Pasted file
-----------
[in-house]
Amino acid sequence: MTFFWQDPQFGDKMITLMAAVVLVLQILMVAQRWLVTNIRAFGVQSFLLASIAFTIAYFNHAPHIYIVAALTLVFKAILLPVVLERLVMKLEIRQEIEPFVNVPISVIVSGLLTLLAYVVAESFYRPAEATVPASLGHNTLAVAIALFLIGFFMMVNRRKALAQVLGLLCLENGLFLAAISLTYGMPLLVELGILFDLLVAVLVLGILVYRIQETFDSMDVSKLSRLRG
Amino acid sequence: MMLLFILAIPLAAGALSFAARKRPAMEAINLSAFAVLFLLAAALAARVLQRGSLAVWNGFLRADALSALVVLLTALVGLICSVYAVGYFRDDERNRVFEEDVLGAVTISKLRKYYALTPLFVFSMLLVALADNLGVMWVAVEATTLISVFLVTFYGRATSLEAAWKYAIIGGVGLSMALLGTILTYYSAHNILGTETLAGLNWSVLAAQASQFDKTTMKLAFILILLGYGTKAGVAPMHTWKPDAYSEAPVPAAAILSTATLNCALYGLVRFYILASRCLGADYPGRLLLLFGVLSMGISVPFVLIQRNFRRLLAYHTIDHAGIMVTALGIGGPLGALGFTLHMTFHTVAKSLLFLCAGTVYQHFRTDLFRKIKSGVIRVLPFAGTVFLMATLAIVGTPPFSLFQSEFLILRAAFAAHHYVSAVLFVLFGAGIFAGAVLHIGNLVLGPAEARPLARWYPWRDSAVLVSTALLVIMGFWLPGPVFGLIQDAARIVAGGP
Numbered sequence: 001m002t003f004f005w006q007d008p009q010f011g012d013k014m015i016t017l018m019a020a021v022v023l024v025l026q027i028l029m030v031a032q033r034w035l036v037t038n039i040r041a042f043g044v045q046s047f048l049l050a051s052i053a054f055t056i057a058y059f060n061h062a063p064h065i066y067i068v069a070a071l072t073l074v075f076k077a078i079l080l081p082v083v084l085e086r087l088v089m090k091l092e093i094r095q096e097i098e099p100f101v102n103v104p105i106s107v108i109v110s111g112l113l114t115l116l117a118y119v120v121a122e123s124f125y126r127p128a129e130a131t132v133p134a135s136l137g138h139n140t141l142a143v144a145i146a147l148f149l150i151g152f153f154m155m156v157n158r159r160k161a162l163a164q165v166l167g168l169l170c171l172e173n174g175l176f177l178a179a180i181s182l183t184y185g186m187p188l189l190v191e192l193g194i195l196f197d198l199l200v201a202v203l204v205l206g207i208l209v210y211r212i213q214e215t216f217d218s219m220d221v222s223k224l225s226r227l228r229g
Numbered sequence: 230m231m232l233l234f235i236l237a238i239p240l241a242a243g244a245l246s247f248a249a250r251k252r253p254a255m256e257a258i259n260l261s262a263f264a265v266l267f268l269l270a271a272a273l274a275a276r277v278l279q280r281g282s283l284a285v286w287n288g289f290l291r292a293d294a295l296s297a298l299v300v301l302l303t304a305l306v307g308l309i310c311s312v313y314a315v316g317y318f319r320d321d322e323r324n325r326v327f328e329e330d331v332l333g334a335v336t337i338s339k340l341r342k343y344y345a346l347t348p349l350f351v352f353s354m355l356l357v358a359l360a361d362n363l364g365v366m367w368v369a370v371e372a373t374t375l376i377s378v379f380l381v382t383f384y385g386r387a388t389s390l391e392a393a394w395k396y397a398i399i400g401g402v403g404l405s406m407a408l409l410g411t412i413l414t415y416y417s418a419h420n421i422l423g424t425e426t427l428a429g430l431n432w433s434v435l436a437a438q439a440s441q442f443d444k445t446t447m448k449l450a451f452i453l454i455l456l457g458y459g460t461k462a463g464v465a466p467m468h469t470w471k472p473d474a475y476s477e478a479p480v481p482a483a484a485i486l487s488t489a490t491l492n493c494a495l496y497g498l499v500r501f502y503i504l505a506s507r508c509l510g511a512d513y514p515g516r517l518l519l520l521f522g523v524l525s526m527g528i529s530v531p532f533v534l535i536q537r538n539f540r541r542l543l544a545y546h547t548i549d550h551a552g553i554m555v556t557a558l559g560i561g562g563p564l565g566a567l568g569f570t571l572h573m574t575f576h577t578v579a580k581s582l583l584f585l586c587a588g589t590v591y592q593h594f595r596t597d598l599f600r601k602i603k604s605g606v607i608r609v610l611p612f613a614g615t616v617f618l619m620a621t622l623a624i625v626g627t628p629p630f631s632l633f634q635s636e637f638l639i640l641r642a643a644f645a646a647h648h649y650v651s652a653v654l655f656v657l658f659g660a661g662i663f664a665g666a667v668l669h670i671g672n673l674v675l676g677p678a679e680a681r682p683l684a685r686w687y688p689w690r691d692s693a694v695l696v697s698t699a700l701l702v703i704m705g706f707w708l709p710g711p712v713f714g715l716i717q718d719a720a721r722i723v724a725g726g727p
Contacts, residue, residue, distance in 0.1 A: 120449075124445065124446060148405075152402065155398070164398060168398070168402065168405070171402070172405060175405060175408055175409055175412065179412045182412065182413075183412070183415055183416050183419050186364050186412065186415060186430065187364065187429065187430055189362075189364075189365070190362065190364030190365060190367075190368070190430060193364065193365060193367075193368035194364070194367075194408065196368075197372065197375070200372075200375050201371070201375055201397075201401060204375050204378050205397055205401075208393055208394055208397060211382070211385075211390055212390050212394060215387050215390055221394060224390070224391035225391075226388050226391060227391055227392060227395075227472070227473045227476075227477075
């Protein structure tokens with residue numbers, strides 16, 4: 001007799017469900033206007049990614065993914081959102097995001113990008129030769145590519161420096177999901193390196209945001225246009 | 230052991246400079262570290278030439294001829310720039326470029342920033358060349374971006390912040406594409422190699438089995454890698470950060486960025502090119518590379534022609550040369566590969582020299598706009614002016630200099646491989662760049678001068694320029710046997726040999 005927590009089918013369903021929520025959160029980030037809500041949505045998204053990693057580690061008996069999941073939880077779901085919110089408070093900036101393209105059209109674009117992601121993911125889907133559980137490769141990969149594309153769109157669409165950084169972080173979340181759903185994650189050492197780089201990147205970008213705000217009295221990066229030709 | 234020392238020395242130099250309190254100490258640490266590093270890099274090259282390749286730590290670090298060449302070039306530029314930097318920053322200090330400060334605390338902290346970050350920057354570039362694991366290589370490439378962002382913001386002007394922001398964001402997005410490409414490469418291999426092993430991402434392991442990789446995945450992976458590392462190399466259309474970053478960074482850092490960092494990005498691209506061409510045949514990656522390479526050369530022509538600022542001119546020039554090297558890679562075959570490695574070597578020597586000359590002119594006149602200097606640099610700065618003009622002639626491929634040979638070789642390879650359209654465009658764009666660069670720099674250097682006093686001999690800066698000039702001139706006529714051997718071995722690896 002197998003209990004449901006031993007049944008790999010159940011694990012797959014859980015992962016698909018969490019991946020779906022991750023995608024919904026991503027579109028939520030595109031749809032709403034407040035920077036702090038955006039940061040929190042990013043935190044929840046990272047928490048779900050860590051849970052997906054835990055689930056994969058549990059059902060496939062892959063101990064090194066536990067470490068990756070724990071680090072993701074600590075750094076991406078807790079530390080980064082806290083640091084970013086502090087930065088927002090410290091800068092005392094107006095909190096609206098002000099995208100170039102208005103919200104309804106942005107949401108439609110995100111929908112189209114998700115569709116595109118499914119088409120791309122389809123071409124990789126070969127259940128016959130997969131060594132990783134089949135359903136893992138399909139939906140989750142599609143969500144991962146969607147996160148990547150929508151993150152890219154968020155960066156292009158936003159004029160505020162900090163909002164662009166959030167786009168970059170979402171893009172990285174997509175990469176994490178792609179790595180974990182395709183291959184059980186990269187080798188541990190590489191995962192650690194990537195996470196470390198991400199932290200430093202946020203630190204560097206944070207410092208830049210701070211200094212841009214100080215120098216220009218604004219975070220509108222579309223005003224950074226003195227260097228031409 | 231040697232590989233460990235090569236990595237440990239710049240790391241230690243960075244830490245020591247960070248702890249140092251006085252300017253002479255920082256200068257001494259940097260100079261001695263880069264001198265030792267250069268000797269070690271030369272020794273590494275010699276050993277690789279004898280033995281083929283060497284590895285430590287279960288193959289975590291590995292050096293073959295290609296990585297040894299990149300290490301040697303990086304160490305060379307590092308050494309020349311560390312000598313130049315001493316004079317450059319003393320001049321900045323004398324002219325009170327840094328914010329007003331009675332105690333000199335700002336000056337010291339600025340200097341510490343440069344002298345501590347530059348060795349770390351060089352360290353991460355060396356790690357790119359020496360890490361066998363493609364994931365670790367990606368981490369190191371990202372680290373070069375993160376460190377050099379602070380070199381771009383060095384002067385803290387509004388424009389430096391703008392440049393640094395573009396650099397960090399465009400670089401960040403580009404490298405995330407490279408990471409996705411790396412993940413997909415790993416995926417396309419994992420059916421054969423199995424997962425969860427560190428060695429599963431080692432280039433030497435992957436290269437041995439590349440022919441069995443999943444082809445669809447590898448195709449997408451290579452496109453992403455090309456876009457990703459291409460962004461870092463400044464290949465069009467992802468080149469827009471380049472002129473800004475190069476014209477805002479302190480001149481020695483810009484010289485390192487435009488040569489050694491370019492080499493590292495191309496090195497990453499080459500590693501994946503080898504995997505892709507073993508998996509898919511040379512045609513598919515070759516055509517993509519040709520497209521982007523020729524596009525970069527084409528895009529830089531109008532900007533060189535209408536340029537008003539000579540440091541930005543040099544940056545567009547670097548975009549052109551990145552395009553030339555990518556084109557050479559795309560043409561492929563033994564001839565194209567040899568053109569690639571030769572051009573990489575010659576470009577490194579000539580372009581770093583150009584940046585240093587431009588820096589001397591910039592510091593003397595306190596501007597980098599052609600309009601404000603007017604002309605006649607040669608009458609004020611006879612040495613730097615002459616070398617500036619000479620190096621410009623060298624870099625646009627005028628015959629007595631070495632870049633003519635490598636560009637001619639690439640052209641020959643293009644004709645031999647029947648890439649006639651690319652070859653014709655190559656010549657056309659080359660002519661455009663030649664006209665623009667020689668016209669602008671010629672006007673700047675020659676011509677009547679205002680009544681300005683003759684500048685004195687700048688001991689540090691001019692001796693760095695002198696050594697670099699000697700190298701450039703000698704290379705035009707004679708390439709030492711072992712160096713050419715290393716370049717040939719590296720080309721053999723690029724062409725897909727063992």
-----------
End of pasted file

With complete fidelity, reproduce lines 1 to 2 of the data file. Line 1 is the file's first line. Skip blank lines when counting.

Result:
[in-house]
Amino acid sequence: MTFFWQDPQFGDKMITLMAAVVLVLQILMVAQRWLVTNIRAFGVQSFLLASIAFTIAYFNHAPHIYIVAALTLVFKAILLPVVLERLVMKLEIRQEIEPFVNVPISVIVSGLLTLLAYVVAESFYRPAEATVPASLGHNTLAVAIALFLIGFFMMVNRRKALAQVLGLLCLENGLFLAAISLTYGMPLLVELGILFDLLVAVLVLGILVYRIQETFDSMDVSKLSRLRG